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Scramble begins as Mount Kenya vote up for grabs in State House race

By Jacob Ng’etich | July 29th 2021

Deputy President William Ruto addresses a crowd in Nyeri. [Kibata Kihu, Standard]

For the first time since the onset of multi-party politics in 1992, Mount Kenya region could become the country’s biggest swing vote in next year’s General Election.

President Uhuru Kenyatta is expected to retire after the August 9, 2022 elections, which will leave the region adrift.

With numerical strength of over five million voters in Kiambu, Nyeri, Kirinyaga, Murang’a, Nyandarua, Meru, Embu, Tharaka Nithi and Laikipia counties as well as parts of Nakuru, the Mount Kenya region will most likely determine the fifth president.

In 1992, when Kenya started competitive presidential elections, then-President Daniel Arap Moi faced two serious candidates from Mt Kenya region. 

Former minister Kenneth Matiba from Murang’a and retired President Mwai Kibaki from Nyeri fronted a spirited contest against Mzee Moi and would divide the votes by garnering 26 per cent and 19 per cent, respectively, a move that allowed the incumbent to sail through with 36 per cent. 

Five years later, after ailing Matiba dropped from the presidential race in 1997, the region put the votes into one basket giving Kibaki second position with 1.8 million votes against Moi’s 2.4 million.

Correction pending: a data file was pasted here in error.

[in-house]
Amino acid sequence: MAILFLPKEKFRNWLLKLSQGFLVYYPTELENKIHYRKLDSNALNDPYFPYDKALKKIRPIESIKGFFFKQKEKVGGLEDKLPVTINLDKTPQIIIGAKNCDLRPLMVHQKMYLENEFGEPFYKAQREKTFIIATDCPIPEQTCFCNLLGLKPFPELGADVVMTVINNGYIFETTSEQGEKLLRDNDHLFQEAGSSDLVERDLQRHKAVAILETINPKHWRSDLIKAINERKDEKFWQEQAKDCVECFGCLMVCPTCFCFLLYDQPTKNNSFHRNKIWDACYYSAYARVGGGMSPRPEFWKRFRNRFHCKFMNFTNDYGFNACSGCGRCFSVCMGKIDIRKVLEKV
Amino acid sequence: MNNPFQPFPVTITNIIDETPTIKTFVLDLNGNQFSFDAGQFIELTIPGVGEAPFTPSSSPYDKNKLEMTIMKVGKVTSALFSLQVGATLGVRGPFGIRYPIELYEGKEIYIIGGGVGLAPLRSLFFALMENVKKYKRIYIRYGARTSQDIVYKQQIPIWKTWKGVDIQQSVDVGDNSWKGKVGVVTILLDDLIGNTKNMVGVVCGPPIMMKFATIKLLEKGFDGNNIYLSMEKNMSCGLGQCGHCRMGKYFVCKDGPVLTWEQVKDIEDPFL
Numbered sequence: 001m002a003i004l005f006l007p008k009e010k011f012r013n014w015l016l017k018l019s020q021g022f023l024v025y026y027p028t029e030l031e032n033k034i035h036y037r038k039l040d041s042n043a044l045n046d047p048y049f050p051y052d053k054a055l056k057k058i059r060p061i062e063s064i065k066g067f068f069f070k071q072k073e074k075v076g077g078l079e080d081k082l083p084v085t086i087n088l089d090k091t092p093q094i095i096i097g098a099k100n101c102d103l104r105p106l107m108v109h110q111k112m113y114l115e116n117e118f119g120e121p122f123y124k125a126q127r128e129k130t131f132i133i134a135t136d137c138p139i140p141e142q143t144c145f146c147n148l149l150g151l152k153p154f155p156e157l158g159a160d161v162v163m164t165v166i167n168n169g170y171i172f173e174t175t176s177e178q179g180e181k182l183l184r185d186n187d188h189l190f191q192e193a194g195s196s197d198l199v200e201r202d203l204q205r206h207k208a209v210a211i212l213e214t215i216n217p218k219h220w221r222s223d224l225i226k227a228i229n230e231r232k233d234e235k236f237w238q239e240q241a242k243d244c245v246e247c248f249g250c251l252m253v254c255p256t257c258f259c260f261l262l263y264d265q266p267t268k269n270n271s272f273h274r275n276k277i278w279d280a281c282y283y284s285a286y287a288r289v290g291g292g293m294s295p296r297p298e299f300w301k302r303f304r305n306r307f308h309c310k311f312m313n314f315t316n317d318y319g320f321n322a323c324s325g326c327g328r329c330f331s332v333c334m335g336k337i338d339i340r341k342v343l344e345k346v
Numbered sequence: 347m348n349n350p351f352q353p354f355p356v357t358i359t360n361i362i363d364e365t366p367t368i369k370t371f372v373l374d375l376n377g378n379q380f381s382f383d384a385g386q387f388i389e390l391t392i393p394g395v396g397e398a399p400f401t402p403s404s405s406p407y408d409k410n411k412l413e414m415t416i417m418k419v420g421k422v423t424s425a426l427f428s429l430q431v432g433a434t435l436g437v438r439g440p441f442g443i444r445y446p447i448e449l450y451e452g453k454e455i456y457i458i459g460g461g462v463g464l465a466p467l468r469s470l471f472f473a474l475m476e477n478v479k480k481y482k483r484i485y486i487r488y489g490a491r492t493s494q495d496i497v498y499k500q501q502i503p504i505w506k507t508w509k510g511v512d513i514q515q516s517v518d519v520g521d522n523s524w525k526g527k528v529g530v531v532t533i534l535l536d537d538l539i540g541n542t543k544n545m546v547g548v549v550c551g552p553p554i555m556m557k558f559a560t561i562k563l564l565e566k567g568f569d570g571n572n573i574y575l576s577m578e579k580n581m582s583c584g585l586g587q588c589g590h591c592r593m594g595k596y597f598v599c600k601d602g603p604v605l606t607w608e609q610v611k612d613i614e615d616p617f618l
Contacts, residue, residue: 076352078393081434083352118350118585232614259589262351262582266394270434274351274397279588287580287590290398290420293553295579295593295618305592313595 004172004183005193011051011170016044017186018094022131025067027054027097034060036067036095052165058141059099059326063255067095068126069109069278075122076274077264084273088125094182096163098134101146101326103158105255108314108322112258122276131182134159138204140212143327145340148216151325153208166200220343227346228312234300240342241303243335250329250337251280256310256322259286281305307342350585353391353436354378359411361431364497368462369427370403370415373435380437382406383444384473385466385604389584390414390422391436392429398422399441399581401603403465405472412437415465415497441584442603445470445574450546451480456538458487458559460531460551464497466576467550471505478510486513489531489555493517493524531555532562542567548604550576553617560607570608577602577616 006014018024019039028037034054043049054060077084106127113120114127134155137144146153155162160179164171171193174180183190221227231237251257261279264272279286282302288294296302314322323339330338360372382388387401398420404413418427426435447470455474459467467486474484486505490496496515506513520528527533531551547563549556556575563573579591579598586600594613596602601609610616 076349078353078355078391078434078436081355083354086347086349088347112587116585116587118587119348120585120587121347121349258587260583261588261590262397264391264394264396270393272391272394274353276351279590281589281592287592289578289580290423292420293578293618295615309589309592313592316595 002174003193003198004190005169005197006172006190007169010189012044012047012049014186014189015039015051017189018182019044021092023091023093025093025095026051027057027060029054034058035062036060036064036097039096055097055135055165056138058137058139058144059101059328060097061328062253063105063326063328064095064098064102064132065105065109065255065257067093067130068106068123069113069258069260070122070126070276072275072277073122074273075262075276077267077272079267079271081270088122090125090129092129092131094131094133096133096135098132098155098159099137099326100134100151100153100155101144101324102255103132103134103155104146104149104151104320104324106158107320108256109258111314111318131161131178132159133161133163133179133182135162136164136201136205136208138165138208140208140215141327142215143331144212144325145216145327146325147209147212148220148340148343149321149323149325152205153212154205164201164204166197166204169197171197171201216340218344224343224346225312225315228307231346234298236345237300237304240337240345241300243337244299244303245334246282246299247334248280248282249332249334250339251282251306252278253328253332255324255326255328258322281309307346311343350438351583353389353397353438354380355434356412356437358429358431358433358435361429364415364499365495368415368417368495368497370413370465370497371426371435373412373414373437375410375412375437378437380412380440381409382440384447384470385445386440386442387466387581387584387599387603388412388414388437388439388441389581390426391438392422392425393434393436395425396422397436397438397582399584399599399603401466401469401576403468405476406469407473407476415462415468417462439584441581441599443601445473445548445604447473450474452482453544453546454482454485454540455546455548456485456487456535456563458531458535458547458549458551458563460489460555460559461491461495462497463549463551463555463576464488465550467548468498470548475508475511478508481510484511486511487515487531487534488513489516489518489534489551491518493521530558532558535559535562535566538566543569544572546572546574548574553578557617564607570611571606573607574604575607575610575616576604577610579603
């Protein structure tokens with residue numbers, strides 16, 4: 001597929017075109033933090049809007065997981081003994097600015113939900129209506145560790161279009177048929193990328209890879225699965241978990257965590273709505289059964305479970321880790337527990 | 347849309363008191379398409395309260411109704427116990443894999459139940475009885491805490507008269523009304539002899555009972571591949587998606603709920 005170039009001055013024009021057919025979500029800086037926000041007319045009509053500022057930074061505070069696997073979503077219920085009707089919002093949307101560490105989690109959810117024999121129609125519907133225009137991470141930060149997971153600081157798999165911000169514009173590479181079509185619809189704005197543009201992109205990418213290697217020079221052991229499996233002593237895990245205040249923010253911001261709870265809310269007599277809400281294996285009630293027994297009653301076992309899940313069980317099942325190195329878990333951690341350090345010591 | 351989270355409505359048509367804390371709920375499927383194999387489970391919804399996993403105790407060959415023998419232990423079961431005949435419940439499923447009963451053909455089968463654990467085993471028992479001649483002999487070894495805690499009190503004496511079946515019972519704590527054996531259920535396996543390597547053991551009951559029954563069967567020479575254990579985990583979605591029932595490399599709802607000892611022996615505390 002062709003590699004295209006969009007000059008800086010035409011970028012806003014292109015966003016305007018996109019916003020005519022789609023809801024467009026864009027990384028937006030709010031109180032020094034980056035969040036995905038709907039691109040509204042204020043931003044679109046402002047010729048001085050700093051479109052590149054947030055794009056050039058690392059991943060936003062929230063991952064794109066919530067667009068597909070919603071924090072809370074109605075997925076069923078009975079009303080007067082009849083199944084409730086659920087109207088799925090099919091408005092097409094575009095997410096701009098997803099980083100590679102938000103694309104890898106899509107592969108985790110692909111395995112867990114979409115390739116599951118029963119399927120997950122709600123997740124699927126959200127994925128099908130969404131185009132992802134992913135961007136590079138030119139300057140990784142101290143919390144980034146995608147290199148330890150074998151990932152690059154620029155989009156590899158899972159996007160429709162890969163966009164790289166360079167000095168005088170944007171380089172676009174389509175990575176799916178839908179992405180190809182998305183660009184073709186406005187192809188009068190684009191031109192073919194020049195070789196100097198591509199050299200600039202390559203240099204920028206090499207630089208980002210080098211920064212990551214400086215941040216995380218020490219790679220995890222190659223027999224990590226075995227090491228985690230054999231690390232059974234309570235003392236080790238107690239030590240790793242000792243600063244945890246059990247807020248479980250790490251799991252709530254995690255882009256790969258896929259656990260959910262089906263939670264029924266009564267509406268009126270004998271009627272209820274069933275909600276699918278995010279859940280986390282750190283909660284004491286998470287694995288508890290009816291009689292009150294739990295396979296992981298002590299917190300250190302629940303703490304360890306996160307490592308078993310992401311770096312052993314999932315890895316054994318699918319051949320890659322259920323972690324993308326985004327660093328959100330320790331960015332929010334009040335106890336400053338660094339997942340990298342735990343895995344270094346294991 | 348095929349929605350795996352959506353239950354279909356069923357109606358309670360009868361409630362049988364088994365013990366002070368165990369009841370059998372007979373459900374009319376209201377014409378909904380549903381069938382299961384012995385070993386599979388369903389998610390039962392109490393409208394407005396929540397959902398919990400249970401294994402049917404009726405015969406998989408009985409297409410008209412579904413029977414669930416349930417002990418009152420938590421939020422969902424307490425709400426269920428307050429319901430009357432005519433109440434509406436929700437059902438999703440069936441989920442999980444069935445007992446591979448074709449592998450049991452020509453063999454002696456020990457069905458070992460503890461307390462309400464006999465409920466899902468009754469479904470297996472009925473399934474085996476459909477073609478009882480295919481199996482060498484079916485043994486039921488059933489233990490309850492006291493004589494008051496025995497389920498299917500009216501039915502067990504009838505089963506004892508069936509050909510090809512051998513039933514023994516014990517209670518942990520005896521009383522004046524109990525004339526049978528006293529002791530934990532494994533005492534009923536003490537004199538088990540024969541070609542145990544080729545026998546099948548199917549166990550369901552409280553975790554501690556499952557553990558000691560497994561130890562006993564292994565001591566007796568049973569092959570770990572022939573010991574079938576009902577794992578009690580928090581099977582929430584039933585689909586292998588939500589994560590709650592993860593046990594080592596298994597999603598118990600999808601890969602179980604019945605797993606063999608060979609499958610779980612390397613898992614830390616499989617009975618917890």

In subsequent elections, the sons from the region have passed the presidential baton from Nyeri to Kiambu.

The Moi succession election in 2002 offered the region a unique opportunity of choosing from two of their own where Kibaki trounced the younger Uhuru, maybe preserving him for a possible rainy day.

Kibaki, under a united opposition, marshalled 3.6 million votes to overwhelmingly win against Kanu’s Uhuru, who got 1.8 million.

A hotly contested election in 2007 gave Kibaki a narrow win of 4.5 million votes against CORD’s Raila Odinga, who got 4.3 million votes. When the time to pass the political baton came, the region would overwhelmingly vote for Uhuru in 2013 and the disputed 2017 exercise.

Today, a year to the Uhuru succession elections, there is no clear heir apparent, and the scramble for a possible six million votes from Mt Kenya is on like never before. The region could be the biggest political battlefield in 2022.

Nyeri Town MP Wambugu Ngunjiri notes that the Mt Kenya vote will be a determinant and whoever convinces the region will clinch the presidency.

He also said Deputy President William Ruto needs a huge chunk of the votes to win, but Raila and ANC leader Musalia Mudavadi require just a slice of it.

“The region will make a difference in the next election, it will basically determine who becomes president. Ruto had tried to lock it by building a narrative that after Uhuru it will go straight to him in 2022, but the Kiambaa by-election has shown that the region is up for grabs,” said Ngunjiri.  With this in mind, the DP, Raila, Mudavadi, Baringo Senator Gideon Moi and Wiper leader Kalonzo Musyoka have intensified their forays in the region.